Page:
When was the last time you added a new friend on Facebook?
I still go to Facebook every day to browse links and baby pictures, but like many people I know, I am not adding many new friends. The problem is that my personal information on the site has built up over the past few years, and I have second thoughts now about sharing things like wedding photos with anyone outside my inner circle.
This is the paradox of Facebook. As time goes on I have become more vested in the platform, which is what Facebook wants to happen. I add photos of friends and family, and I comment on my friend’s stories. But the flip side is that I find myself second guessing who I want to share this information with. As of this morning, I am sharing wedding photos with 1,059 friends. I think that is probably enough. And yes, I know there are Facebook privacy settings to solve this problem, but it is a pain to go back and edit six years of content.
When was the last time you added a new connection on LinkedIn?
As of this morning I have 2,434 connections on LinkedIn. I add a few new connections every week. Even my friend Michael Lazerow, who is the most active Facebook user I know (and built a business on Facebook), has more connections on LinkedIn than Facebook.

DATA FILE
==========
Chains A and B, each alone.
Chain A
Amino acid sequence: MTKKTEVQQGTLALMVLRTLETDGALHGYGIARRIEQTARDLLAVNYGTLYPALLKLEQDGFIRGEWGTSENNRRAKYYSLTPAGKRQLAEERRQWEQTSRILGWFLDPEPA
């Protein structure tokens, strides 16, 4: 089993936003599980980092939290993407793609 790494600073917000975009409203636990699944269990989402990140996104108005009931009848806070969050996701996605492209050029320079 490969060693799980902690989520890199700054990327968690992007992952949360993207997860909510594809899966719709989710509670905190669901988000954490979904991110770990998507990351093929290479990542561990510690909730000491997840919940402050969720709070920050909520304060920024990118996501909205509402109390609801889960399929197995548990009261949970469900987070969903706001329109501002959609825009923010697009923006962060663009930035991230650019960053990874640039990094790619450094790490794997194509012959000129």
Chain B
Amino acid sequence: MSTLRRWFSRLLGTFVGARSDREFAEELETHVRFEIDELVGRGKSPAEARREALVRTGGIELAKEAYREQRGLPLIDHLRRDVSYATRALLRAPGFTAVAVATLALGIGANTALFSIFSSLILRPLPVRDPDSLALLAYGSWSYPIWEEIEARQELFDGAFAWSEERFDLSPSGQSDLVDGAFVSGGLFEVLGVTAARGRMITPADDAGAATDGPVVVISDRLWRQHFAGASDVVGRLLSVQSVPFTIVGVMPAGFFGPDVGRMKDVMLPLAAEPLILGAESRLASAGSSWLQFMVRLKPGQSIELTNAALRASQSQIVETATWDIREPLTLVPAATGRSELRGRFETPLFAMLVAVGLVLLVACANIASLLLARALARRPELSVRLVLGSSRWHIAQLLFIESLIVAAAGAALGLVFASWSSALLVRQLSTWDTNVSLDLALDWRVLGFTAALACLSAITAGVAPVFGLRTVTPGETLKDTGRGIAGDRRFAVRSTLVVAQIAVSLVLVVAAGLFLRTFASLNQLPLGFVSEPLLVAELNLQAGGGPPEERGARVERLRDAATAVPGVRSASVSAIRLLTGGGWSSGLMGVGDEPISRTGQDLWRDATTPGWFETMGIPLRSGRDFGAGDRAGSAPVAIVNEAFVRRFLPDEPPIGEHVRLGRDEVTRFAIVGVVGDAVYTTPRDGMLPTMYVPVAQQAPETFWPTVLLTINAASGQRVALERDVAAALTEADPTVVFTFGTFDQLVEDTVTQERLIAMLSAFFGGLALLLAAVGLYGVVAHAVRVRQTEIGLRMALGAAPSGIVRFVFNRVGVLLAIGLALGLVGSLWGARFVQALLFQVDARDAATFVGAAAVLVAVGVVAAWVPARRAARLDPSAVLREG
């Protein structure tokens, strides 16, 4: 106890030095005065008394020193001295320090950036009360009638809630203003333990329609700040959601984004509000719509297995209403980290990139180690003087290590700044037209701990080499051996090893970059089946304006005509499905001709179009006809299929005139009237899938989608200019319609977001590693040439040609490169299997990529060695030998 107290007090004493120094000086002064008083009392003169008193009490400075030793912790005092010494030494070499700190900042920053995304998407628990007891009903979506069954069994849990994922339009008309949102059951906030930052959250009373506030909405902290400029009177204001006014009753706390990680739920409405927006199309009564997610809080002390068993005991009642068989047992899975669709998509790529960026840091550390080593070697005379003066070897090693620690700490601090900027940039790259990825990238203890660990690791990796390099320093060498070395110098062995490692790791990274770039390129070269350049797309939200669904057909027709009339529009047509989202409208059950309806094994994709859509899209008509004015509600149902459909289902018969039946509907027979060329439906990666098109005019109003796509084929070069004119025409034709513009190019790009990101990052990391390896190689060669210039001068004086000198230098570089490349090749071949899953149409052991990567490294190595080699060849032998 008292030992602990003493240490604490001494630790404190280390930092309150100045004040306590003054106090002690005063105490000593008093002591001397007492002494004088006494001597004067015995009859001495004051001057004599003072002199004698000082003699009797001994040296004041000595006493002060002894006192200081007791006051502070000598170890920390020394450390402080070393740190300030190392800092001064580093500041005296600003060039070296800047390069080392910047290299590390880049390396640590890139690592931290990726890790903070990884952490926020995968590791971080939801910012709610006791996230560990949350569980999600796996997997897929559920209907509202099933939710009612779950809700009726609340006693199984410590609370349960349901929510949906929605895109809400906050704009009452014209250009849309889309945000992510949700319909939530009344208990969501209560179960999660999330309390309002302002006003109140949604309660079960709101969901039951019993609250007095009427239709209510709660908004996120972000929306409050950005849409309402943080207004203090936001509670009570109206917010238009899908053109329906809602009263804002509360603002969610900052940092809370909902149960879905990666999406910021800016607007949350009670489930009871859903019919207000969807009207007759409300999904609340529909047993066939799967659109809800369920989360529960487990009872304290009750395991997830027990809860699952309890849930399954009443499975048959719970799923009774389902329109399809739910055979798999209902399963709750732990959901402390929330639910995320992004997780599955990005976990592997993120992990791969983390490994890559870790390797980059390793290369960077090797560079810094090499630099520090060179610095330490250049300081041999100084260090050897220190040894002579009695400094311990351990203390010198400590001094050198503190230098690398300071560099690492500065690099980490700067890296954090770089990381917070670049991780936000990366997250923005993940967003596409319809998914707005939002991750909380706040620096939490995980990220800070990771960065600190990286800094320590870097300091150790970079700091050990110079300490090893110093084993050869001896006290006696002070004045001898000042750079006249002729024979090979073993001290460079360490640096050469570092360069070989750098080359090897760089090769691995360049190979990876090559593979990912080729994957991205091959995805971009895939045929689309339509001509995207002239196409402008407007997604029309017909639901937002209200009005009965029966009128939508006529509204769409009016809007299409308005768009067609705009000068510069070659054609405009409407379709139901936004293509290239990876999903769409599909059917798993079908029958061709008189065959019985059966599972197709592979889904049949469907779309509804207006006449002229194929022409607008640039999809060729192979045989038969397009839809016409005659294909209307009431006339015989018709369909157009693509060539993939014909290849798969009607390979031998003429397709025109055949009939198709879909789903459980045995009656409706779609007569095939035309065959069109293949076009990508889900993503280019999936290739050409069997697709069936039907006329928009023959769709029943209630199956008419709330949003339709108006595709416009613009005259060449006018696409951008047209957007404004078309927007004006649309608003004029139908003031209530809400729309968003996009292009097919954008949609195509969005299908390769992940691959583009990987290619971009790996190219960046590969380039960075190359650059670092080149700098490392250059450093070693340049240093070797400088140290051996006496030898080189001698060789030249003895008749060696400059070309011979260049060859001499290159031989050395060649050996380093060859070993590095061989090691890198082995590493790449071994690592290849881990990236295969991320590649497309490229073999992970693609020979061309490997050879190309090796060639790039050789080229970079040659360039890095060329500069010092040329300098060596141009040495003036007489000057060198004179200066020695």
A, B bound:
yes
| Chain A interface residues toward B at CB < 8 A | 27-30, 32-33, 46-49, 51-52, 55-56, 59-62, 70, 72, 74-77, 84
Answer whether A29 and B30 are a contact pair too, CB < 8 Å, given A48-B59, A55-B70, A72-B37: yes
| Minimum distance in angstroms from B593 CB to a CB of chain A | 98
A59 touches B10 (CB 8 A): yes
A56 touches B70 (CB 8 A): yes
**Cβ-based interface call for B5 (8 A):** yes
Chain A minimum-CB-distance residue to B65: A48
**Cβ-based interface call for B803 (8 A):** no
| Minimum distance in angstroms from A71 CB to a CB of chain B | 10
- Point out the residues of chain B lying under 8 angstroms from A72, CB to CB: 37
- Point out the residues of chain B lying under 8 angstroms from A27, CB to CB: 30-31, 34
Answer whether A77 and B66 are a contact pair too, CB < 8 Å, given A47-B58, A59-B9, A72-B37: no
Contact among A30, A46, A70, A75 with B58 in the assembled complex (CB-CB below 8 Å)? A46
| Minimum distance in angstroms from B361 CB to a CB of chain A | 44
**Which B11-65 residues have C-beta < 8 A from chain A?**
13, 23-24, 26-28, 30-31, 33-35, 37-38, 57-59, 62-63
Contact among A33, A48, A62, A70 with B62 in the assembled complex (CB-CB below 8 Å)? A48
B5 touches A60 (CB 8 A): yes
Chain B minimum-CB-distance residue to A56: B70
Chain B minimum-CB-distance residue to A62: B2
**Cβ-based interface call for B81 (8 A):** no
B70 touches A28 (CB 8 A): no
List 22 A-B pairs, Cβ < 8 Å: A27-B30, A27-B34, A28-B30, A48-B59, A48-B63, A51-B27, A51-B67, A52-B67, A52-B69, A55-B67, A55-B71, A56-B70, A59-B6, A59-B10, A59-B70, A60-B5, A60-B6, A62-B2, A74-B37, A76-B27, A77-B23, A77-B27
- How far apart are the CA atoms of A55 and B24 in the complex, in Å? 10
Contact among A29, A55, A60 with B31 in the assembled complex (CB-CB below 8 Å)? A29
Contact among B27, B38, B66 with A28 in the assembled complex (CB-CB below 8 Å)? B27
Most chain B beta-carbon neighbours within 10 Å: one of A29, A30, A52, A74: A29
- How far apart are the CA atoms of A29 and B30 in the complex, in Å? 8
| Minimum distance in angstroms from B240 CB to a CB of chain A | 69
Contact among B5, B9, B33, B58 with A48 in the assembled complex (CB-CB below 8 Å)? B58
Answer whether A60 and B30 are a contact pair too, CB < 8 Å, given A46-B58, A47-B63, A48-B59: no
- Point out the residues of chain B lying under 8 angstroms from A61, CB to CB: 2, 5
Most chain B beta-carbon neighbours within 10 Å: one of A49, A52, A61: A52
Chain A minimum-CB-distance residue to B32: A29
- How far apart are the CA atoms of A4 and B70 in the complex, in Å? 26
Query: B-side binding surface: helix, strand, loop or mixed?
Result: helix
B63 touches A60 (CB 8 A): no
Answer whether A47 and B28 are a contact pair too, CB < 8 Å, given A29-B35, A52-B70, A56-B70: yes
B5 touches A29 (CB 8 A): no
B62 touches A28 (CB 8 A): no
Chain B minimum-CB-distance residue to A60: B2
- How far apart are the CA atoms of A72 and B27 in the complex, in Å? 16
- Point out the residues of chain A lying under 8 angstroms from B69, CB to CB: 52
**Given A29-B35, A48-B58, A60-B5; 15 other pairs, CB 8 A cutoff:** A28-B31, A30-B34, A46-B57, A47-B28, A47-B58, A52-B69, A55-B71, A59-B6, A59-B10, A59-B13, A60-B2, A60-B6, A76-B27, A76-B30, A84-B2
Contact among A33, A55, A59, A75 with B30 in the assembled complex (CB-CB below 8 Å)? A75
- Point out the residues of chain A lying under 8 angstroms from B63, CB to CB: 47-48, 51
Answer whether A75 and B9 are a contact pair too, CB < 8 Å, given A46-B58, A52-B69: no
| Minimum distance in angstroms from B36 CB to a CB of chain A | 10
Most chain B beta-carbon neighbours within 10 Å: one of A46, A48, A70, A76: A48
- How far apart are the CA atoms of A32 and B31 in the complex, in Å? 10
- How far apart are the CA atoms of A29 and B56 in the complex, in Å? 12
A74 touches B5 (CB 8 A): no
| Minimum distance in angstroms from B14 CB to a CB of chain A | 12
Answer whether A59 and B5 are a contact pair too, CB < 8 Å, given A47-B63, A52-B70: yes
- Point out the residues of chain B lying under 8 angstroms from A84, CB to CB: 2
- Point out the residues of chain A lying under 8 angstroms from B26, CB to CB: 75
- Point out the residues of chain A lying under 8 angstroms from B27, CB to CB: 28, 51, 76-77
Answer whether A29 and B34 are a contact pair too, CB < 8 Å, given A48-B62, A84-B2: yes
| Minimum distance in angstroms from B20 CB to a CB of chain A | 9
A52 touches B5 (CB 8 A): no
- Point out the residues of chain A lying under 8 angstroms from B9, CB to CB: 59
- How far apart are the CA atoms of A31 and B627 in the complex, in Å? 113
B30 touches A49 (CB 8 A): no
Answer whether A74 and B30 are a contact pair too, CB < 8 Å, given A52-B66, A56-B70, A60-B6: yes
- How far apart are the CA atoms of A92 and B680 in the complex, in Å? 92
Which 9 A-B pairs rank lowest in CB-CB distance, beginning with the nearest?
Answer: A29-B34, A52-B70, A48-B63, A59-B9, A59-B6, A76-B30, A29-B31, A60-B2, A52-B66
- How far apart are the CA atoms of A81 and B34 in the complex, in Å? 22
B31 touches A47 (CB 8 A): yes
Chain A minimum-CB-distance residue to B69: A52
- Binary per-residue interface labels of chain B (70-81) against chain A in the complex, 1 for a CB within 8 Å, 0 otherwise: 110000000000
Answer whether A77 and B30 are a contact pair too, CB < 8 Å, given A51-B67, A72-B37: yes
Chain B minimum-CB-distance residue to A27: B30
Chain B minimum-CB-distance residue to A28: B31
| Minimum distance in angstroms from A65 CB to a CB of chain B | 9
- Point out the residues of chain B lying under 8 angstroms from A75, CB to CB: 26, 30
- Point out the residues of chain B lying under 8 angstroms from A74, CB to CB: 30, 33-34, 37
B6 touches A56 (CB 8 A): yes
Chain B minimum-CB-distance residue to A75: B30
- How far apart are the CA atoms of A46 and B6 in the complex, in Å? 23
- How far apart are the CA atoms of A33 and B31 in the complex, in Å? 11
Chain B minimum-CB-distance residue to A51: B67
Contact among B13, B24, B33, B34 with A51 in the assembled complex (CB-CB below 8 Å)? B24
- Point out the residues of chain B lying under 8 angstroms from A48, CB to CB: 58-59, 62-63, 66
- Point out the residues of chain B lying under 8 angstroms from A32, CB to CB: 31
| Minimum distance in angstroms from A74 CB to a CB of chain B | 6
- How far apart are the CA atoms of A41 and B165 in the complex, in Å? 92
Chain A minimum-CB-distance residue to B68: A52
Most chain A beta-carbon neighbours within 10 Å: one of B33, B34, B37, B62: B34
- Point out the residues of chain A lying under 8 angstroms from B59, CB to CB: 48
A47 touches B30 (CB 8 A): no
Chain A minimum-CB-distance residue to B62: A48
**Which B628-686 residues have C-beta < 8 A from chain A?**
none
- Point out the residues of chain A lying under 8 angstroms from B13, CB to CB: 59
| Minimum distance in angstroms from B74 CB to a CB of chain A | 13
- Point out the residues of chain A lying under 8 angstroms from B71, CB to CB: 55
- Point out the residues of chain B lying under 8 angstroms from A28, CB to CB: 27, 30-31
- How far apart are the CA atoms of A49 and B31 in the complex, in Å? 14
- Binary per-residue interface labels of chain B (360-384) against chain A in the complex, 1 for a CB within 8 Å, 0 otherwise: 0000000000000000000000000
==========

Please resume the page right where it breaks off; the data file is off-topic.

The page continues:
This sample size of two may not be statistically significant, but the growth across the network is undeniable.
Does this mean that LinkedIn will topple Facebook for social media supremacy? Maybe not. The type of personal media on Facebook creates more page views and interaction than the professional sort of media on LinkedIn. In a world where attention is traded for advertising dollars, that edge goes to Facebook. But the two sites continue to evolve in different ways, and I can’t help but think that the number of individual connections will be a key component of value creation down the road. At the very least, I believe it will help LinkedIn grow faster than Facebook for the foreseeable future.